Inside America’s Biggest Teen Bible Contest

Last month, 325 middle- and high-school students gathered in the Bronx to take part in a massive, nationwide biblical-trivia competition. The four winners will go on to the international contest in Israel. Olivia Reingold reports:

Each year, dozens of countries participate in the international Chidon Ha-Tanach, but since 1958, when Israel’s first prime minister, David Ben-Gurion, founded the contest, Israelis have won 57 out of the 60 years it’s been held. . . . American contestants have been victorious just four times—and two of those were ties with an Israeli. (The only other champion from another country was Canadian, crowned in 2014.)

The test includes puzzlers such as: About whom is it said: “A hairy man with a leather belt tied around his waist”? (Answer: Elijah), and Which of the following does not relate to the number 70? (Answer: number of kindred killed by Athalia.)

Statistics show that the younger you are, the less likely you are to read the Bible (either testament). Each new generation of American Jews seems to grow less connected to its faith, with the latest data showing that Jews in the U.S. are about half as likely as Christians to say religion is “very important” to them. But the kids gathered in this gym are more likely to carry a copy of the Hebrew Bible than a smartphone.

Read more at Free Press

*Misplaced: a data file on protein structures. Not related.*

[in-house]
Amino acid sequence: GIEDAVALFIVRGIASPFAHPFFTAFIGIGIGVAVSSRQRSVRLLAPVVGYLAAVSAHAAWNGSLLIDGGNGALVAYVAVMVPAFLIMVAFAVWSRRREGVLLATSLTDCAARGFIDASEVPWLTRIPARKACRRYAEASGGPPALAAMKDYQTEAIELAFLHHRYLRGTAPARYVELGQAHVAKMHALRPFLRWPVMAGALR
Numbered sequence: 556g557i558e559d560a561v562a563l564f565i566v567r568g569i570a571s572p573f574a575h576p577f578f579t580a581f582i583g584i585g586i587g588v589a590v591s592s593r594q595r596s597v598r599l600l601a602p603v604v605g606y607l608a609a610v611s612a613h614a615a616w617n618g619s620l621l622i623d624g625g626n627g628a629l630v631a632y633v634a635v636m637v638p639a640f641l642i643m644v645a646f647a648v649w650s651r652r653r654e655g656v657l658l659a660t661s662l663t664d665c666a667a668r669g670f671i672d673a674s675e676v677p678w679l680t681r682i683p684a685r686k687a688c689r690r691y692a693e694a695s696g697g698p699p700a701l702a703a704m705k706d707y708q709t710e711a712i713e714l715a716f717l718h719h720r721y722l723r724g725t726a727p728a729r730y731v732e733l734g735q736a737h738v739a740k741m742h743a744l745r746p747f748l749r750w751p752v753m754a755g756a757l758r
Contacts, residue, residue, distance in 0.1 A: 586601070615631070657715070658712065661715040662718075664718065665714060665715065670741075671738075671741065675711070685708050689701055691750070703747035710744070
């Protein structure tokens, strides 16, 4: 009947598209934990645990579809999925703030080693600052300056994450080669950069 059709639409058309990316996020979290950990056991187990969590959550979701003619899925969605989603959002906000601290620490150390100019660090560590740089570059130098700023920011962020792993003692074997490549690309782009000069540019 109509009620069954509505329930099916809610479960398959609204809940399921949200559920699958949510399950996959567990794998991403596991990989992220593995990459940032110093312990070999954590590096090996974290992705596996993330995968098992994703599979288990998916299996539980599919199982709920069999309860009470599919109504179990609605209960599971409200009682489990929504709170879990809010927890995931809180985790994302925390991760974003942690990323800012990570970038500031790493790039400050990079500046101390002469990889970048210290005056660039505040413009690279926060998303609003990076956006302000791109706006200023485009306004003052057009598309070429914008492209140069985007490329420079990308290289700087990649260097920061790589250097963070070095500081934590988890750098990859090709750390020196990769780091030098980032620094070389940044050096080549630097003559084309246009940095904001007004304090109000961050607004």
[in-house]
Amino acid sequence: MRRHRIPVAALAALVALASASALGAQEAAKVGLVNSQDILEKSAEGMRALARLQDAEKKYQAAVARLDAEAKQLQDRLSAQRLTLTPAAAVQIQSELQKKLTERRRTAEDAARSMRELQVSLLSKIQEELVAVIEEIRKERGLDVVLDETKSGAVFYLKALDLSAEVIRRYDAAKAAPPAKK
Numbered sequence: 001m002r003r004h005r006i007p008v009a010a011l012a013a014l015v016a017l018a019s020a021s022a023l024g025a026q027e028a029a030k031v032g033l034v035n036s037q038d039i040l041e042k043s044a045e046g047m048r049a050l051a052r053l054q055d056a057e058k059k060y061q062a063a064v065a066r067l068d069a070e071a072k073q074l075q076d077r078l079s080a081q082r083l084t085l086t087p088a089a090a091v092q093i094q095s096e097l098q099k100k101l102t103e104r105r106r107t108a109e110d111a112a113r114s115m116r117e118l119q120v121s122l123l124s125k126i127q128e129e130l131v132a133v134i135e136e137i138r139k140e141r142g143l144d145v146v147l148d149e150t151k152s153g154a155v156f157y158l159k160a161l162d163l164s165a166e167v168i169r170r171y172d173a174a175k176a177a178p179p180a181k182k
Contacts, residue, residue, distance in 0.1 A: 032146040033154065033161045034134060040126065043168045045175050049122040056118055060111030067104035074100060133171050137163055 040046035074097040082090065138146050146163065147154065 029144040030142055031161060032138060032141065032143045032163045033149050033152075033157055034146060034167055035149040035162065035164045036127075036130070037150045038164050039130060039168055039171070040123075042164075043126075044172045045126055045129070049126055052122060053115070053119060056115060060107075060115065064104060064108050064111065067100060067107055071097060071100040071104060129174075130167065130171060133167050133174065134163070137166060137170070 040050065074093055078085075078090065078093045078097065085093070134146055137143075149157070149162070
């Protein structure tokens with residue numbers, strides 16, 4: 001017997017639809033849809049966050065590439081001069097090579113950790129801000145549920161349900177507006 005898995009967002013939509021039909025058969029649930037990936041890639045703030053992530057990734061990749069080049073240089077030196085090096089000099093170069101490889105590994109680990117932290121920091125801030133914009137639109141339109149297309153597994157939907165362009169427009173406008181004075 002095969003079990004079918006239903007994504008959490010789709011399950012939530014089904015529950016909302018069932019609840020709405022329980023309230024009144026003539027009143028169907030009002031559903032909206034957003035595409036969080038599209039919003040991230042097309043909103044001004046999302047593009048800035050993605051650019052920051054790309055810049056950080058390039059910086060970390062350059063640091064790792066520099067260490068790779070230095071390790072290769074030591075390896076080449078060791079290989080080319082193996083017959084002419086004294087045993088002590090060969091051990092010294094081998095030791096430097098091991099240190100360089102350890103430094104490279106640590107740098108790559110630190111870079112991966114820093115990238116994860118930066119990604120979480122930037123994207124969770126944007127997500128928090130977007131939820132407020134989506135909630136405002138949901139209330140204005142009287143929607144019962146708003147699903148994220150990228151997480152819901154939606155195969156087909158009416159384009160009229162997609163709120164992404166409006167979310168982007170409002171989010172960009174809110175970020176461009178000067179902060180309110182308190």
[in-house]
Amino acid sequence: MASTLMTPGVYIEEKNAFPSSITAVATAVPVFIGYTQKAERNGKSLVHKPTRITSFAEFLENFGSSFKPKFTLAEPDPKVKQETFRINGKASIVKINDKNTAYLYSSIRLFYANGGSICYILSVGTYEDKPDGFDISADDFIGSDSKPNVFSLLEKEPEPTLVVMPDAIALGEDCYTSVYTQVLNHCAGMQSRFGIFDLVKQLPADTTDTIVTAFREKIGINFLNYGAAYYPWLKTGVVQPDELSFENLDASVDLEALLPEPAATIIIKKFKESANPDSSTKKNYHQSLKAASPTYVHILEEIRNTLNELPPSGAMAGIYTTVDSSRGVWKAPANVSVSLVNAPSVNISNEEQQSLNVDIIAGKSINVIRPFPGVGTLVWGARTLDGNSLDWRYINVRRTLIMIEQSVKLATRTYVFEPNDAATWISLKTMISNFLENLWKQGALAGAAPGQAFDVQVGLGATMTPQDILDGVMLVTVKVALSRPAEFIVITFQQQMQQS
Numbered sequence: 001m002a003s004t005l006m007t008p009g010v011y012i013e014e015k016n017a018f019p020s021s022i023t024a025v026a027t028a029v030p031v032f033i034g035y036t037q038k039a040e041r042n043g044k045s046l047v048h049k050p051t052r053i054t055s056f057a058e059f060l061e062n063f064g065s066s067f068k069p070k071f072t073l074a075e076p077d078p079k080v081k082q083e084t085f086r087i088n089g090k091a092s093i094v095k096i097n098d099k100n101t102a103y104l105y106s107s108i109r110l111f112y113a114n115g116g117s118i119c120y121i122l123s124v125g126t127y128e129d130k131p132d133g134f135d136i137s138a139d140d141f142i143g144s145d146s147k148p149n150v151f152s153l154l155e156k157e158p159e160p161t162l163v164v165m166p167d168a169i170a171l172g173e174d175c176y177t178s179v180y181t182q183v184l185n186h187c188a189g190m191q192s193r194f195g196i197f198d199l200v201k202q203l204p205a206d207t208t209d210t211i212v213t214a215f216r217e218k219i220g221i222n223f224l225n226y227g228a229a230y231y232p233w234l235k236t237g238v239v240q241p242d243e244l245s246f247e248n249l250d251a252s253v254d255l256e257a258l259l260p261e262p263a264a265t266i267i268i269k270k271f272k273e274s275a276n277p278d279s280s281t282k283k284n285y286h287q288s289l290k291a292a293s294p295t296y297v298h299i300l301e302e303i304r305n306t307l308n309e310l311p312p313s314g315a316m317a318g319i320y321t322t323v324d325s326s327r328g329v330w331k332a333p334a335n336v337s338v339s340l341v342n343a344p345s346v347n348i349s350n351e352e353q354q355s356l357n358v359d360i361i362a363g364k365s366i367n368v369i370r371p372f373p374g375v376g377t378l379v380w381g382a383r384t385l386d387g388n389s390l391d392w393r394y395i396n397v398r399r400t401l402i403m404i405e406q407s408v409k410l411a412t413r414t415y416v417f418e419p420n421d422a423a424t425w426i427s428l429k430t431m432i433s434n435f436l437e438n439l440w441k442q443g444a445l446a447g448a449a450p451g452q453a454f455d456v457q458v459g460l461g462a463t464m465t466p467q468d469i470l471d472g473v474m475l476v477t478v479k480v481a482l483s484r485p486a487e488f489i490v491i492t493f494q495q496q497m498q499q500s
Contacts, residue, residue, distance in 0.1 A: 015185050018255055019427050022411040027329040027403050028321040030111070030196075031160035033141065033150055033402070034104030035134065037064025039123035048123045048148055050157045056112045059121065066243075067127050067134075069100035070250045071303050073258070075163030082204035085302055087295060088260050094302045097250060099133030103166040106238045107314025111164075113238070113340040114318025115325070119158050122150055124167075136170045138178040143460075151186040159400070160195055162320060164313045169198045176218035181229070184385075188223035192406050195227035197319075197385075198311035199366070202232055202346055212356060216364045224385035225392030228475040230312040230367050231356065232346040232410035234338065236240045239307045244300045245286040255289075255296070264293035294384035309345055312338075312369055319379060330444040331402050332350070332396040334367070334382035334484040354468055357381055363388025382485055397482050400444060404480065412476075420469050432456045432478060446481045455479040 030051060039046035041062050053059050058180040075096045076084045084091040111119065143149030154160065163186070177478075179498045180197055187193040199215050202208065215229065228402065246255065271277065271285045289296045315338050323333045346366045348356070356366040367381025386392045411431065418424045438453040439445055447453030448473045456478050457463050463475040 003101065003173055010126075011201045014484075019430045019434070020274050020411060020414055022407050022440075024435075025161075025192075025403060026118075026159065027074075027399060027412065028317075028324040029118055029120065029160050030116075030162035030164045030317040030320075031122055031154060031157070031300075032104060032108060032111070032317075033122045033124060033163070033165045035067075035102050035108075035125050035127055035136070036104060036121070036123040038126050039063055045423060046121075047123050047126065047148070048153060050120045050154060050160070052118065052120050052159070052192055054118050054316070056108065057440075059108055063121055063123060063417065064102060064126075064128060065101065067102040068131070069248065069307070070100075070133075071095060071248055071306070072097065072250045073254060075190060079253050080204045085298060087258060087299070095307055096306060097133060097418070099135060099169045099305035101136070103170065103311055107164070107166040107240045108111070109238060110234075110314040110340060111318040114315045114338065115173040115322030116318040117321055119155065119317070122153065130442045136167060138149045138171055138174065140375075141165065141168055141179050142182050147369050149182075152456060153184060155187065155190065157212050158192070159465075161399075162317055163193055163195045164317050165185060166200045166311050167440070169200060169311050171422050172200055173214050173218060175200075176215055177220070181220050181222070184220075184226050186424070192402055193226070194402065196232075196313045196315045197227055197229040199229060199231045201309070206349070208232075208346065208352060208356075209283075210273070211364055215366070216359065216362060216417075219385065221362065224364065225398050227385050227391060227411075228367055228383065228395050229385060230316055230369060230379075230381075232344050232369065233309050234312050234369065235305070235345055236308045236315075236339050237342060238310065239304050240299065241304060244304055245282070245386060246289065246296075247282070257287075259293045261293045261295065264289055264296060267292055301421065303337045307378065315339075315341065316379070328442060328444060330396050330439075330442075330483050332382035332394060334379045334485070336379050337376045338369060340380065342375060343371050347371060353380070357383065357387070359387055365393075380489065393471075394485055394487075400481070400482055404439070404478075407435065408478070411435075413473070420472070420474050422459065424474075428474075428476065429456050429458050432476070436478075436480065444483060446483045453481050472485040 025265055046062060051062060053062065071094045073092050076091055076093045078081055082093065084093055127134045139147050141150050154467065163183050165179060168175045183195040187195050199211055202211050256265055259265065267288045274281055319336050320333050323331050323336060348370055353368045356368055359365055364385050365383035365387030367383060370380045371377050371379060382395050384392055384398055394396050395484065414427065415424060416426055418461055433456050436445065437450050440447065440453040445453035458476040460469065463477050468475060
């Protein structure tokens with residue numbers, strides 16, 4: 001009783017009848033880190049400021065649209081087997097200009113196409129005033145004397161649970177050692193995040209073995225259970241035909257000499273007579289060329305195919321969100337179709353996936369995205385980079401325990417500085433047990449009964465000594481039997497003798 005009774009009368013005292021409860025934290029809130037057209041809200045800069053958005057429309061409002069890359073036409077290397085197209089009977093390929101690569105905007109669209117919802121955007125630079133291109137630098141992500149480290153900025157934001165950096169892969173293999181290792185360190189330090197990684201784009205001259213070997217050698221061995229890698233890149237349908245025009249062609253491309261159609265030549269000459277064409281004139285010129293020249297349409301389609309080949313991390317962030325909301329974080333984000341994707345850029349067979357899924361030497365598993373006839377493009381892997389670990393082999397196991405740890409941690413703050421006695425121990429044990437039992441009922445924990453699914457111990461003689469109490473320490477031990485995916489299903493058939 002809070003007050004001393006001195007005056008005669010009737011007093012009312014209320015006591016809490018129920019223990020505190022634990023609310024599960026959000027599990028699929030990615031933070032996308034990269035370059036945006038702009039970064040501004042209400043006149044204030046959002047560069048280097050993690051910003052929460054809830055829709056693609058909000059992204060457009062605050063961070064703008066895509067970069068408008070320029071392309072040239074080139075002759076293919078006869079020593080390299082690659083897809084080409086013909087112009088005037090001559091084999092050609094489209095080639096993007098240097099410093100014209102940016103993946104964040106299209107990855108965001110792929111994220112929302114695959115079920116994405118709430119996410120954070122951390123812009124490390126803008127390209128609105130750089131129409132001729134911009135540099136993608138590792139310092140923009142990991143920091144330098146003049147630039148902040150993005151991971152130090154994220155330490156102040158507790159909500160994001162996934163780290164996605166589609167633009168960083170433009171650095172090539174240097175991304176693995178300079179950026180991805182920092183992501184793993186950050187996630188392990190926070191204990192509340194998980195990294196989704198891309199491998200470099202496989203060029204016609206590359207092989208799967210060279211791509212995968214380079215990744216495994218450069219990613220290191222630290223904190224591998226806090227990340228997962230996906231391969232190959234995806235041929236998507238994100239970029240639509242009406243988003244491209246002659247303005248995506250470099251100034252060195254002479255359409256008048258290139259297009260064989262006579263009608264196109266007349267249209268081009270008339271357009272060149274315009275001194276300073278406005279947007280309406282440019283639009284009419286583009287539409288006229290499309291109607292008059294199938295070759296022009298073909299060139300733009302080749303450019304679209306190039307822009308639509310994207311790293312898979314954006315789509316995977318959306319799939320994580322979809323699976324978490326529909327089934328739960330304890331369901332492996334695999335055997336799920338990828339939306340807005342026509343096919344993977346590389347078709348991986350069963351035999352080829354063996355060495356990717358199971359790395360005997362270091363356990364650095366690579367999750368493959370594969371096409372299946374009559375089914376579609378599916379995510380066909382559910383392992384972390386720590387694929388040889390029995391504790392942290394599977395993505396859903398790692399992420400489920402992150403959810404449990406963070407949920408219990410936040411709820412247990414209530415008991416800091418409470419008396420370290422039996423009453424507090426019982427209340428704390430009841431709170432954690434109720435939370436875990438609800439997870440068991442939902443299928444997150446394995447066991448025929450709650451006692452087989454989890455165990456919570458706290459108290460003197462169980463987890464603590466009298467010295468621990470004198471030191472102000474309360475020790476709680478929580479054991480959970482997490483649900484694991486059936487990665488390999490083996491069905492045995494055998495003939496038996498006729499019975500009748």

More about: American Judaism, David Ben-Gurion, Hebrew Bible


In the Aftermath of a Deadly Attack, President Sisi Should Visit Israel

On June 3, an Egyptian policeman crossed the border into Israel and killed three soldiers. Jonathan Schanzer and Natalie Ecanow urge President Abdel Fattah el-Sisi to respond by visiting the Jewish state as a show of goodwill:

Such a dramatic gesture is not without precedent: in 1997, a Jordanian soldier opened fire on a group of Israeli schoolgirls visiting the “Isle of Peace,” a parcel of farmland previously under Israeli jurisdiction that Jordan leased back to Israel as part of the Oslo peace process. In a remarkable display of humanity, King Hussein of Jordan, who had only three years earlier signed a peace agreement with Israel, traveled to the Jewish state to mourn with the families of the seven girls who died in the massacre.

That massacre unfolded as a diplomatic cold front descended on Jerusalem and Amman. . . . Yet a week later, Hussein flipped the script. “I feel as if I have lost a child of my own,” Hussein lamented. He told the parents of one of the victims that the tragedy “affects us all as members of one family.”

While security cooperation [between Cairo and Jerusalem] remains strong, the bilateral relationship is still rather frosty outside the military domain. True normalization between the two nations is elusive. A survey in 2021 found that only 8 percent of Egyptians support “business or sports contacts” with Israel. With a visit to Israel, Sisi can move beyond the cold pragmatism that largely defines Egyptian-Israeli relations and recast himself as a world figure ready to embrace his diplomatic partners as human beings. At a personal level, the Egyptian leader can win international acclaim for such a move rather than criticism for his country’s poor human-rights record.

Read more at Washington Examiner

More about: General Sisi, Israeli Security, Jordan